Monthly Updates


IFSD will produce monthly updates posted on this website.  These written updates can be supplemented with briefings to interested parties by IFSD.  Project results (interim and final) will be published on this website as soon as they are available.


June 2018


June 2018 (Printable Version)

IFSD is pleased to provide this second monthly update to its stakeholders on the progress of the First Nations Child and Family Services (FNCFS) project. 

Principal updates

  • Substantial data gathering efforts are complete.  IFSD wishes to thank the 68 agencies that have shared their completed survey.  This represents 64% of the community – considered to be a reliable sample for analysis. Broad agency participation is important; accordingly, agencies who have yet to share their completed survey are encouraged to do so as soon as possible.
  • Preliminary results provide important baseline characteristics about agencies that will inform cost estimations of future programs.  These initial findings are directionally consistent with previous analysis.
  • The project is progressing as planned.  The bulk of data analysis will occur during July and August.
     

Are you an agency that hasn’t yet participated in the survey?


Generally, how agencies define their mandates:

  • Provide protection and prevention services for the well-being and safety of children in the community.
  • Support families by strengthening the family unit and working to keep children with their families in the community.
  • Strengthen communities by providing holistic, community-based approaches to child welfare that engage supportive networks of community members and leadership.
  • Promote cultural approaches to build strong, proud and healthy First Nations communities of children and adults.

Interim findings

  • Agencies perceive their relationships with their communities positively, though there is considerable variation among provinces.

  • The majority of agency (65%) budgets are in the range of $0M-$10M

  • Over 60% of agencies reported being unable to pay their employees at provincial levels for comparable work.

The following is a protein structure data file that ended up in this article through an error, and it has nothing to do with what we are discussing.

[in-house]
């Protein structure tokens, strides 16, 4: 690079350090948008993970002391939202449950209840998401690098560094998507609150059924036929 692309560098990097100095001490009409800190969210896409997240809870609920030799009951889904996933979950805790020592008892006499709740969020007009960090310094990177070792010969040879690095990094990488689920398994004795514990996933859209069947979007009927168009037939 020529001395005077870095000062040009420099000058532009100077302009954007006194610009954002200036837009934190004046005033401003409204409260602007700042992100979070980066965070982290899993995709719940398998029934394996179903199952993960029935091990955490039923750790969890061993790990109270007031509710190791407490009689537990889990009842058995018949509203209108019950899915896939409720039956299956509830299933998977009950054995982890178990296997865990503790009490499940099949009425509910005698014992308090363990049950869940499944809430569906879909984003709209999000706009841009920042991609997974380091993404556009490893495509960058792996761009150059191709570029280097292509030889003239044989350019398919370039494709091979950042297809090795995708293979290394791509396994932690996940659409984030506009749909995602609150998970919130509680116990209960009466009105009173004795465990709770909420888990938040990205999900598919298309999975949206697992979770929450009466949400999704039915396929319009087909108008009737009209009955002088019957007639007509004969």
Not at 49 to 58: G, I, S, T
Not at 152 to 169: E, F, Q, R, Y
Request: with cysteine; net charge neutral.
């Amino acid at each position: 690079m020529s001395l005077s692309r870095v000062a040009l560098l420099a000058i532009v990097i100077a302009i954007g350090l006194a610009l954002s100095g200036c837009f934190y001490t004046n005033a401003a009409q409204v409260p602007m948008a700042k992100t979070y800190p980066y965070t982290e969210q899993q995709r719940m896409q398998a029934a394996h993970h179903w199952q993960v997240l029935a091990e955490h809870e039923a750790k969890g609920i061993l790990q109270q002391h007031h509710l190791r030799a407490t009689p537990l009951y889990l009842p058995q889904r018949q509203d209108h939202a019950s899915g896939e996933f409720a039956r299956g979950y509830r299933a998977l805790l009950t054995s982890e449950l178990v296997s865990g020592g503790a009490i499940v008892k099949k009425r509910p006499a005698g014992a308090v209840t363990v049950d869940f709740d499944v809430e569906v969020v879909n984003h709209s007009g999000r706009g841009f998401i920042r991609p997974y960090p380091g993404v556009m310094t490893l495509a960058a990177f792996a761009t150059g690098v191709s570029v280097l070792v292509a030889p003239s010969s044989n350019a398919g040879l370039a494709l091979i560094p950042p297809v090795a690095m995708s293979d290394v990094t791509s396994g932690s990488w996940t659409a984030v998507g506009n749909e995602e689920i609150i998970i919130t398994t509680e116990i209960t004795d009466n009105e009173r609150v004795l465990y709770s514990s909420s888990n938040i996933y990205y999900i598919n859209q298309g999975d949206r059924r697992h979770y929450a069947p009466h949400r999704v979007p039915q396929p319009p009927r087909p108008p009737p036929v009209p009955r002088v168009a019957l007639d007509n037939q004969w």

• Outside of Saskatchewan and Manitoba, most agencies – based on their reported population of children – are small agencies.  Agency size was inferred using the total population of children served (<1000 = small agency).


     
  • Fewer than half of the agencies (44%) reported a gap in services within a reasonably commutable distance. However, significant majorities of agencies reported service gaps for addiction treatment centres, mental health services, support services for children and youth with disabilities, as well as medical specialists.

  • Nearly 60% of agencies indicated a need for building repairs.

Next Steps

  • IFSD is grateful to participating agencies and will continue its outreach to outstanding agencies in the hopes of increasing its sample population
  • IFSD is working on defining a future program architecture based on agency consultations. 
  • IFSD will continue its analysis of data shared by participating agencies to:
    1. Define typologies of agencies
    2. Identify correlations and cost-drivers between variables
    3. Develop a cost estimation model
    4. Produce cost analysis

IFSD will continue to engage with agencies throughout the project and keep agencies up to date on progress with monthly updates.  IFSD is pleased to respond to requests for further information or to provide individual briefings on the project and its progress.

Contact Information
For questions about the project or to participate, please contact:

Dr. Helaina Gaspard, Director, Governance and Institutions
Institute of Fiscal Studies and Democracy
helaina.gaspard@ifsd.ca
1 (613) 983-8461